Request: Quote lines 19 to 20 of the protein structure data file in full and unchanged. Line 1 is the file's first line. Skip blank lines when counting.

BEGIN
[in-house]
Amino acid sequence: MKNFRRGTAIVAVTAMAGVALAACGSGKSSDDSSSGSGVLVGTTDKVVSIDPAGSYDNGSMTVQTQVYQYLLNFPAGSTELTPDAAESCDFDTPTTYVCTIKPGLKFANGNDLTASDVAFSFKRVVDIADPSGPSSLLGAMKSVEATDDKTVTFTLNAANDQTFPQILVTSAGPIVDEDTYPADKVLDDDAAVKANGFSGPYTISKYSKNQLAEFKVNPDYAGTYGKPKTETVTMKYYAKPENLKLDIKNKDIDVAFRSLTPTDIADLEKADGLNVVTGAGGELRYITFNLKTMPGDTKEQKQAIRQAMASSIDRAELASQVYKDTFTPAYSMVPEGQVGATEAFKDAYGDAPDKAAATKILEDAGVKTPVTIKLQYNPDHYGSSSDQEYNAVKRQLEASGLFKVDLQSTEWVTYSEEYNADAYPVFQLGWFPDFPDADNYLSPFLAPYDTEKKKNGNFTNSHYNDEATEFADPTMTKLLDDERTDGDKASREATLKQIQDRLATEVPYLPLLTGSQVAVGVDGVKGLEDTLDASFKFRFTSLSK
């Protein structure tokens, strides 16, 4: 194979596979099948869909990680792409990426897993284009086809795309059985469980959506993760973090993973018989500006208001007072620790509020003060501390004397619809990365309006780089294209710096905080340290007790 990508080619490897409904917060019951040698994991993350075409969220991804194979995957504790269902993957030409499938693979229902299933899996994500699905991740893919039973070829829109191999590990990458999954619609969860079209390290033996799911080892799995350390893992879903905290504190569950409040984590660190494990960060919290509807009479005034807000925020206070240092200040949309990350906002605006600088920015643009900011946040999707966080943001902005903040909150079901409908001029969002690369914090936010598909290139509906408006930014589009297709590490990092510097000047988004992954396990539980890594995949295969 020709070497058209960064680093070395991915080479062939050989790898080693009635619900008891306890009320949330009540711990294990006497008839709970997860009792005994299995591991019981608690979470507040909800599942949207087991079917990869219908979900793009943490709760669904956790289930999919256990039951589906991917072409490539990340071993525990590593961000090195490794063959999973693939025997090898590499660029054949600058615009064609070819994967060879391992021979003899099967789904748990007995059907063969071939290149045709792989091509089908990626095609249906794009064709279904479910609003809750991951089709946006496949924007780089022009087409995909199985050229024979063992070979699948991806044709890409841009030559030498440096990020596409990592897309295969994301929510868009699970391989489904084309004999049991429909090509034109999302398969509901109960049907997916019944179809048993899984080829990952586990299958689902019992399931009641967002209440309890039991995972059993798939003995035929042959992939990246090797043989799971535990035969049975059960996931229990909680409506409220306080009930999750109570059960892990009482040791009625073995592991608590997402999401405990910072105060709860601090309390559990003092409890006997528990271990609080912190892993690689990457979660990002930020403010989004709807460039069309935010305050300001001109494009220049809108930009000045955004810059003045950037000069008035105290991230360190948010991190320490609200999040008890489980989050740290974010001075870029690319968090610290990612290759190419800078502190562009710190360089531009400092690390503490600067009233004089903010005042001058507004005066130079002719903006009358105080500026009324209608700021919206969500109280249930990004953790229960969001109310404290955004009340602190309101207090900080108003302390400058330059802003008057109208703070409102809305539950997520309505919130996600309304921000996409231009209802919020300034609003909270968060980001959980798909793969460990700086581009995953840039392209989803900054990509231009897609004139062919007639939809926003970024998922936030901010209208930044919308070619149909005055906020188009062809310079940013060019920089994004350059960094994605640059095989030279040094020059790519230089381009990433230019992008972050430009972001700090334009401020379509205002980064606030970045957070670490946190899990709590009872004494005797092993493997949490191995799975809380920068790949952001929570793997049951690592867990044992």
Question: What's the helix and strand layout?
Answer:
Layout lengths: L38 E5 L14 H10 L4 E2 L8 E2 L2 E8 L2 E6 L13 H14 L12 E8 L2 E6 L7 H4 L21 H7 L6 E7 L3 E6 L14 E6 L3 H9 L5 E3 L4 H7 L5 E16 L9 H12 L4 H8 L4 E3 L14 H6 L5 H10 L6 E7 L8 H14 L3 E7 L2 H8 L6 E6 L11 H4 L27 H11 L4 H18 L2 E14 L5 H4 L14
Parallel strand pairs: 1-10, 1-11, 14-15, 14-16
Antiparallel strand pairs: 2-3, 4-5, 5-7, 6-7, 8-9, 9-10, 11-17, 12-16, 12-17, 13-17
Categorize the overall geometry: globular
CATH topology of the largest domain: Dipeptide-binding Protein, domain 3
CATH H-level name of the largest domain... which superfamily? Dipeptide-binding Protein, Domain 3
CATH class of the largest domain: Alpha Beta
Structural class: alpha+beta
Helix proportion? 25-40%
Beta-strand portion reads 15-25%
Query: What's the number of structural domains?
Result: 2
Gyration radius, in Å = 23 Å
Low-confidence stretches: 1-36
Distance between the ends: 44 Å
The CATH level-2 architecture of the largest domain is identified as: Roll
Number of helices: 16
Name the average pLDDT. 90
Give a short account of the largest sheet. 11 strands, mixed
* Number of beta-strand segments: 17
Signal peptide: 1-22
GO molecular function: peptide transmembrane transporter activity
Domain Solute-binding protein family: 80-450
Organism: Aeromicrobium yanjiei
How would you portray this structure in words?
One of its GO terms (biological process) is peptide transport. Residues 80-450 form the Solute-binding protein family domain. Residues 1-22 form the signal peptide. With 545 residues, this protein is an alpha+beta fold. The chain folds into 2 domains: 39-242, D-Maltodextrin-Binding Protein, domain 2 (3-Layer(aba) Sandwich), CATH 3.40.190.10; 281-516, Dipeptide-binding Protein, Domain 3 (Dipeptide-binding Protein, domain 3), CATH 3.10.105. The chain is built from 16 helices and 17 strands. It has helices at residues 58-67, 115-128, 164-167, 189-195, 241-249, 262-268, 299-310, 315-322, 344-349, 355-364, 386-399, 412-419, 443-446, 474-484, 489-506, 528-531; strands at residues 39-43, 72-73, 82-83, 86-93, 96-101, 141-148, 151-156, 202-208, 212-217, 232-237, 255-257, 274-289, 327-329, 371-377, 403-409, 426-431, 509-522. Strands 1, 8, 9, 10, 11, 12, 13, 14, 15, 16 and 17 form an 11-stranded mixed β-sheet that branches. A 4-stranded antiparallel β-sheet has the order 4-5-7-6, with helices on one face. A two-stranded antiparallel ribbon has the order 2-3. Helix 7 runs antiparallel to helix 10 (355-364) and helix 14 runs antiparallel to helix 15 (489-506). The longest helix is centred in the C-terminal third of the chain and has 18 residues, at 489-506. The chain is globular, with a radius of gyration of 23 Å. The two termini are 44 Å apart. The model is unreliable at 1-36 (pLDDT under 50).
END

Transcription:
Low-confidence stretches: 1-36
Distance between the ends: 44 Å